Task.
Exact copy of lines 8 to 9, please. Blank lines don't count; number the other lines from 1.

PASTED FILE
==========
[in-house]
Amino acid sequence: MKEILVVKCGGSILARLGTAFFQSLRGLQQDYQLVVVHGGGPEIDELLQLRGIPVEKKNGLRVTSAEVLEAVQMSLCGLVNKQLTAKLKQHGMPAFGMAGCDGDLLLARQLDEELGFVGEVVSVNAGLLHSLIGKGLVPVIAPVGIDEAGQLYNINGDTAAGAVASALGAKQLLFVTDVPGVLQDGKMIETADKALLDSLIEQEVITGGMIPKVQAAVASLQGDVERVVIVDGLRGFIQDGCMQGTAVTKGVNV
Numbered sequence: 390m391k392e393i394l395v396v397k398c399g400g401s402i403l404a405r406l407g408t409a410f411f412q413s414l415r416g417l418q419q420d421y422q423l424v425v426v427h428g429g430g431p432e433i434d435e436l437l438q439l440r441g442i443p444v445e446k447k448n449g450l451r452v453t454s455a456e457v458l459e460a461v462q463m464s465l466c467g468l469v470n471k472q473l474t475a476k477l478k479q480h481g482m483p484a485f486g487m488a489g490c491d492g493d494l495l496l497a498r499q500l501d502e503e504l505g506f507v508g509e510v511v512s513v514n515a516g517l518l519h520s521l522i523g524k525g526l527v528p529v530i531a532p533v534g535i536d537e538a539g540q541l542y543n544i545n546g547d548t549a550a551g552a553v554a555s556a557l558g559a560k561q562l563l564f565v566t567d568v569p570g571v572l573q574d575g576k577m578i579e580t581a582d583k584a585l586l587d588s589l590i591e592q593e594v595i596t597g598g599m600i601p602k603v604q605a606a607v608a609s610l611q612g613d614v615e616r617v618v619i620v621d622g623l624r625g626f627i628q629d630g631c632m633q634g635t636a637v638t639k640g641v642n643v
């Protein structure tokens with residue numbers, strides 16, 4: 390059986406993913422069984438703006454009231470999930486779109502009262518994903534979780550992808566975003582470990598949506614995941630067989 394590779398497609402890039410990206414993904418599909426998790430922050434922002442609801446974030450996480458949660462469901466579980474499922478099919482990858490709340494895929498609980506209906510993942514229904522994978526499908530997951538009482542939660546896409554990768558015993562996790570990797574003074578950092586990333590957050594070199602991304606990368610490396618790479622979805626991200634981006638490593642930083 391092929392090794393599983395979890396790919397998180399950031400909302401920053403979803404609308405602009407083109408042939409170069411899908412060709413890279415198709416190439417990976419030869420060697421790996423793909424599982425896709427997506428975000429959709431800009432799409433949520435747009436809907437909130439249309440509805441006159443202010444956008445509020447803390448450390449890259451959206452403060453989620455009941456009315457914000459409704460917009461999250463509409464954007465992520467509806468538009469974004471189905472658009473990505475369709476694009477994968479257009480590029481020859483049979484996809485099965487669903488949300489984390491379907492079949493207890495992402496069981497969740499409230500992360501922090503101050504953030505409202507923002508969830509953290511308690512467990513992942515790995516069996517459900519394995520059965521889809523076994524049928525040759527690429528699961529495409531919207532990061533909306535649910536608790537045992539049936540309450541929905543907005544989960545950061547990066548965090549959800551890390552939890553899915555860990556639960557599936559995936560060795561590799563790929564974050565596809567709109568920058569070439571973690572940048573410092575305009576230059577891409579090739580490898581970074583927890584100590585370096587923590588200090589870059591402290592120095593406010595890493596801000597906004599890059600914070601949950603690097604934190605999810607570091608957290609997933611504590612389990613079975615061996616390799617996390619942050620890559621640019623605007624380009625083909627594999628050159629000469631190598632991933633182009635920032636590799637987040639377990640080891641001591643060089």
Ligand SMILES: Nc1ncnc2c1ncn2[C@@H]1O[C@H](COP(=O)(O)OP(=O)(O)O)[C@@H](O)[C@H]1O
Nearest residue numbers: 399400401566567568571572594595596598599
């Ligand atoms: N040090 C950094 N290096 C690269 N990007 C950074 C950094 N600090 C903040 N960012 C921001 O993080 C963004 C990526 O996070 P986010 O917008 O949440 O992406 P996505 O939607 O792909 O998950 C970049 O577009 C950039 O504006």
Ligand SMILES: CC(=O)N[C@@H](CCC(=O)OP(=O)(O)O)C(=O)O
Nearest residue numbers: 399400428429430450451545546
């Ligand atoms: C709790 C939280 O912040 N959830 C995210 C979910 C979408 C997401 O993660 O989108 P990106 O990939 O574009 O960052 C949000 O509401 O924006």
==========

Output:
Ligand SMILES: CC(=O)N[C@@H](CCC(=O)OP(=O)(O)O)C(=O)O
Nearest residue numbers: 399400428429430450451545546